Sunday, 17 November 2019

Wilnecote and Fazeley

Yesterday I headed up to Staffordshire and Wilnecote which is just South of Tamworth. I walked across into Fazeley and then finally to the end of the Birmingham and Fazeley Canal. This is the canal that passes my house and I have walked much of it over the years though until now have not been to the Fazeley end and the "terminus". It joins with the Coventry Canal and I walked that for a bit, rather muddy towpath though not as bad at Burton-on-Trent a few weeks ago!

You can see my canal walk photos here. Photos of Wilnecote station and a few of Wilnecote and Fazeley can be seen here.

Saturday, 16 November 2019

BGLR : Return of Ruby

Ruby has returned from the reserve fleet to replace Tango as the BGLR shunter / light duties loco. Now there is a question mark over Ruby as it's two sister locos are both stricken with motor issues. Lets hope it's a case of third time lucky!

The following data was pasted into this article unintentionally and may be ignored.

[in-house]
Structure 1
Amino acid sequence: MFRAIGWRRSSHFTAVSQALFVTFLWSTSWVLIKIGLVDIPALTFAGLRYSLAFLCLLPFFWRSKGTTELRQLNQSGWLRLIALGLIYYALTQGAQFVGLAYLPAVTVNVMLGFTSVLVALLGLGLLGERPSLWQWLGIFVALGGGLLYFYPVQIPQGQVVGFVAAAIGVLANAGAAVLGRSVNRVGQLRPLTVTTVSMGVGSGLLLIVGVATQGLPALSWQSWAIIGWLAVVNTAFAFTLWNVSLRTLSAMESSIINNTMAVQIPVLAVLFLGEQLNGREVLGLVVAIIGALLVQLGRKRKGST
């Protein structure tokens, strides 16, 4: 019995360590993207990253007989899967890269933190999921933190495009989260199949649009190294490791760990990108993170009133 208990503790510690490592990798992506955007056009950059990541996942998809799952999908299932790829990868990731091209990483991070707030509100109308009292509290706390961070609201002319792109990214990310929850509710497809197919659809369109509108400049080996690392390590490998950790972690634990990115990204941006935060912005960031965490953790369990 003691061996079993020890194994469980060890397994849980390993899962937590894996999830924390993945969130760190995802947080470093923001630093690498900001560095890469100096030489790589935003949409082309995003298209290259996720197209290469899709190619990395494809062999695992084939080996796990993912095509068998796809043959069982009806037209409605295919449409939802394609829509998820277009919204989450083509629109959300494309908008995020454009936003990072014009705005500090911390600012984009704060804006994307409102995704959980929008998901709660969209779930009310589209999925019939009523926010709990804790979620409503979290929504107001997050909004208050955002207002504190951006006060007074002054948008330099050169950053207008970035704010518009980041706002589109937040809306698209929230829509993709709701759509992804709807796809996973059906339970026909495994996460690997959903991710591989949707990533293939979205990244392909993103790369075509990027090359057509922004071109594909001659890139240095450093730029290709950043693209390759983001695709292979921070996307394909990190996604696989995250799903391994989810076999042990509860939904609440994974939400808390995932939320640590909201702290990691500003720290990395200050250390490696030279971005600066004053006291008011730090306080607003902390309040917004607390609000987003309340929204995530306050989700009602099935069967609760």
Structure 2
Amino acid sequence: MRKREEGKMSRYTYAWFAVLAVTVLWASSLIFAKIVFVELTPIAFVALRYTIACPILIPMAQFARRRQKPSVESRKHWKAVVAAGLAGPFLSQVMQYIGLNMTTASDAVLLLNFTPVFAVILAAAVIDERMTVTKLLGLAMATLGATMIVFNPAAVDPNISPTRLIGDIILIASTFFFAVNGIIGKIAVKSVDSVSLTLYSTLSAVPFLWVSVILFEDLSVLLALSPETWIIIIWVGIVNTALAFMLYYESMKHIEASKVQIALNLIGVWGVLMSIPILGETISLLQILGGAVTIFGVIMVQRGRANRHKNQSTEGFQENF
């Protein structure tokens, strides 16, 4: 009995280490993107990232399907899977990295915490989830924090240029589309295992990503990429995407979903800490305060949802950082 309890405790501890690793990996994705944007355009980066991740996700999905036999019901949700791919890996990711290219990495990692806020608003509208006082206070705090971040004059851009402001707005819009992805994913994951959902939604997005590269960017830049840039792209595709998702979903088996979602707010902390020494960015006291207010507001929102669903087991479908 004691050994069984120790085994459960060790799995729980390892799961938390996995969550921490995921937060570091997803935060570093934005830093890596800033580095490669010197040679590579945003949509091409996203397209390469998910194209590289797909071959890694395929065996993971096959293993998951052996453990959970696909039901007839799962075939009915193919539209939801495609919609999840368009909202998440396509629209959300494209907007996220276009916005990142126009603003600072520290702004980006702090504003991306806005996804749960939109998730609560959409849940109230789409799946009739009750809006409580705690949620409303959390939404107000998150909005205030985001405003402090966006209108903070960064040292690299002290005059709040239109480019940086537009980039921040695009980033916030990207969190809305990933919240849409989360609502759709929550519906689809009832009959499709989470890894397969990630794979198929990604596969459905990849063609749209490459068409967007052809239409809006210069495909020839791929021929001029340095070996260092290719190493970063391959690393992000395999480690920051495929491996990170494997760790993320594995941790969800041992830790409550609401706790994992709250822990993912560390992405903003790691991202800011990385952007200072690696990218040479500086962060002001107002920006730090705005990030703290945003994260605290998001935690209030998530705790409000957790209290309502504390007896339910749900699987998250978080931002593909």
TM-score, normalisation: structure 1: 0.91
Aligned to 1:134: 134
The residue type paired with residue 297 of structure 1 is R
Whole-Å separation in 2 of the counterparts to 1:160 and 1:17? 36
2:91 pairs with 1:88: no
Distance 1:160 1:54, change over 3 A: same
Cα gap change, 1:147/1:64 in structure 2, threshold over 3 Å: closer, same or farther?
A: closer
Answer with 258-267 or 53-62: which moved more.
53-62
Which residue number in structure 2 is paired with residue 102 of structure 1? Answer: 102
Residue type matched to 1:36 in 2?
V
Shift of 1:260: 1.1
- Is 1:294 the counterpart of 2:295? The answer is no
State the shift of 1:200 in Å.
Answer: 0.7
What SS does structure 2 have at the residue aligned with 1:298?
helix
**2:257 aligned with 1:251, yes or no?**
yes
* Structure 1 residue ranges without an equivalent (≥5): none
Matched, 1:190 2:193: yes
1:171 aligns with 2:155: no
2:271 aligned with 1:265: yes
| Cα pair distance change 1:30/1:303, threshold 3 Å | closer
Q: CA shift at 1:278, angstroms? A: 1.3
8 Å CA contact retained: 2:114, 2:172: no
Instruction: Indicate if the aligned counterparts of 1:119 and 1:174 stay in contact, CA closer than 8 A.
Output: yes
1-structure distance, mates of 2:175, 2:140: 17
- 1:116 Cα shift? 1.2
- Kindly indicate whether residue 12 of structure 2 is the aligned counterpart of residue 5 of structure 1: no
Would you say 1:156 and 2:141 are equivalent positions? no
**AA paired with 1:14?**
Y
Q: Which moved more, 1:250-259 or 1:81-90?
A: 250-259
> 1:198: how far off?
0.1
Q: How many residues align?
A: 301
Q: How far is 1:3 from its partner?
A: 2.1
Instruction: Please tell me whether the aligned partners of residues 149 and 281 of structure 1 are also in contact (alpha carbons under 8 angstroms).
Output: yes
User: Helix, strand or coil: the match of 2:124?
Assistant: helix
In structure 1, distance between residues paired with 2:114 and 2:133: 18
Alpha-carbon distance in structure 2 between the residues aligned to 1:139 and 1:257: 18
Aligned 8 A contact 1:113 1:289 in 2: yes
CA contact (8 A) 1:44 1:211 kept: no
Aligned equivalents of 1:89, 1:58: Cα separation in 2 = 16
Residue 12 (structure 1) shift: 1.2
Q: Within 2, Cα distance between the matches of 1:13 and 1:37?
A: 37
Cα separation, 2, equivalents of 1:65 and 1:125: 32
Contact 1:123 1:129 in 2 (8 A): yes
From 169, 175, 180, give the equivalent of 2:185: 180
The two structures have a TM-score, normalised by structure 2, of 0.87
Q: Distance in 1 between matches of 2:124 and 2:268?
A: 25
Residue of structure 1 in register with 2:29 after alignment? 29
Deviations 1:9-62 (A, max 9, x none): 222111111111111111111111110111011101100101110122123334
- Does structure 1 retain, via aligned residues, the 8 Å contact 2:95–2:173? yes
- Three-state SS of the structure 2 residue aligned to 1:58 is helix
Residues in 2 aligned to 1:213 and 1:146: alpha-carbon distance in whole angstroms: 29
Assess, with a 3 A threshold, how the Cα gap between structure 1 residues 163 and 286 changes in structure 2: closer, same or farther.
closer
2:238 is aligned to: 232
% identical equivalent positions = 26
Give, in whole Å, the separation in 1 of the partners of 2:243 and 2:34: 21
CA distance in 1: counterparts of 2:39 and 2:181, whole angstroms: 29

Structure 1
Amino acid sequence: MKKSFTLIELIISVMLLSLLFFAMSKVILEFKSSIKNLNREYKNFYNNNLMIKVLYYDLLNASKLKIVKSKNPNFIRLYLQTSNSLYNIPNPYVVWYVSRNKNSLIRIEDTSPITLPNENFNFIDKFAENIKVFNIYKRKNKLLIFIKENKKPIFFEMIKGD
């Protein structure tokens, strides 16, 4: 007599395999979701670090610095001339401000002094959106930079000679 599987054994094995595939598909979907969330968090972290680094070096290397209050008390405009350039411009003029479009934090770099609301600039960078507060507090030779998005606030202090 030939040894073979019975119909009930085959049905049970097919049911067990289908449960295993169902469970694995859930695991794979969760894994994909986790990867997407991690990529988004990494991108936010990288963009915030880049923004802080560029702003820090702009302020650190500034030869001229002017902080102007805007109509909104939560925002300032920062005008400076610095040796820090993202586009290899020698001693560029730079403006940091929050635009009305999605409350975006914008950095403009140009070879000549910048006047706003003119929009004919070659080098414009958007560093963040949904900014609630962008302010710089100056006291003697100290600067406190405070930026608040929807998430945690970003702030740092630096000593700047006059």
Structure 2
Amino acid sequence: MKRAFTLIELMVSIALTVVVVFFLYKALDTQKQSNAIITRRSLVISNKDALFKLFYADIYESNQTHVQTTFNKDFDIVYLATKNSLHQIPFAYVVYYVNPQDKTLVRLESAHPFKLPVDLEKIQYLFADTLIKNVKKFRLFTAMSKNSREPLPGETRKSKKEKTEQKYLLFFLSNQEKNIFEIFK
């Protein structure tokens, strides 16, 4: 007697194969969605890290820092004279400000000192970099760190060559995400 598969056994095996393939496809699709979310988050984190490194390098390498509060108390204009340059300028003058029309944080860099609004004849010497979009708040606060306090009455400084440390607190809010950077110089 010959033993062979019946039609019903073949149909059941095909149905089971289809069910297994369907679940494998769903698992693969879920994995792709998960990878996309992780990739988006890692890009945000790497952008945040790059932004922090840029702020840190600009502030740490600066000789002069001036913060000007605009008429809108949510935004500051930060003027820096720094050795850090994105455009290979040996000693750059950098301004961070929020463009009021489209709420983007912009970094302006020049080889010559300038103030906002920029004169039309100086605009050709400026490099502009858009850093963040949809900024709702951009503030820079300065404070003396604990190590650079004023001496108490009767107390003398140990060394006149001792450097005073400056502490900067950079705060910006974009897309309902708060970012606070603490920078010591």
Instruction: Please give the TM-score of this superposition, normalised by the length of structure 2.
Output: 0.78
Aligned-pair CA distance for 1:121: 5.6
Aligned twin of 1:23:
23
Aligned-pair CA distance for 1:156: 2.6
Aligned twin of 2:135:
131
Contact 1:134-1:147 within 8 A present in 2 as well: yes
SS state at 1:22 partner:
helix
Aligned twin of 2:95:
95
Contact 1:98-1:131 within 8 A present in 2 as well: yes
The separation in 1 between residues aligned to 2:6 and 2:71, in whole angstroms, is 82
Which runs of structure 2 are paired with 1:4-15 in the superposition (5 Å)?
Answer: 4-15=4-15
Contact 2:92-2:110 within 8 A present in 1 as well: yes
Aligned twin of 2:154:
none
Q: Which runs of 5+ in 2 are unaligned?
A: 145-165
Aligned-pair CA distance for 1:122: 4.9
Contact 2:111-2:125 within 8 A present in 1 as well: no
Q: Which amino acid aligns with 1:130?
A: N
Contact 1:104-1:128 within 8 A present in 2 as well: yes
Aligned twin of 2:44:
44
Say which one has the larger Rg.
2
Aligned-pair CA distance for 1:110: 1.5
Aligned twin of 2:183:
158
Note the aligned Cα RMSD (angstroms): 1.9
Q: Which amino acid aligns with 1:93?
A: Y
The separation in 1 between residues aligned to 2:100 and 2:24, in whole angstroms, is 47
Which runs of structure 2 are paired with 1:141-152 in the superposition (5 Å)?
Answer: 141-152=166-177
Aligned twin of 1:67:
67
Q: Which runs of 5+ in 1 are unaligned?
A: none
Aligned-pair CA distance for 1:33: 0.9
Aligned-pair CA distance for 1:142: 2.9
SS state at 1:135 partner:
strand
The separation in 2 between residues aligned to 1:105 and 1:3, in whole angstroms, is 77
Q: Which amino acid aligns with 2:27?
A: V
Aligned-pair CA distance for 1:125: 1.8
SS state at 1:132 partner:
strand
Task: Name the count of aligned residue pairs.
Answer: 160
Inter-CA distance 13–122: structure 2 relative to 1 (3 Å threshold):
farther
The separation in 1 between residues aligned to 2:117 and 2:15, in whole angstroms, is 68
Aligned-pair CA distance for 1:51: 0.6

Wednesday, 13 November 2019

Churches (42) : All Saints, High Wycombe

All Saints is a large church in the centre of the Buckinghamshire town. There has been a church on the site since early Norman times, this early church was completely rebuilt and replaced by the current church in the late thirteenth century. Much of what was left of the Norman church was the tower but this was replaced itself in the early sixteenth century [1] after concerns it might collapse.

The church was greatly expanded from it's original size during the rebuilding, especially the nave and chancel which was extended. Nave arcades were added in the fifteenth century and a chantry chapel though this was later demolished.

The church was restored in the mid-1870s. The church is flint faced except the tower which is stone faced.

[1] Nikolaus Pevsner, Buckinghamshire (Penguin, 1960) p. 161

Tuesday, 12 November 2019

History of the World in Apple Objects (13) : Macintosh IIcx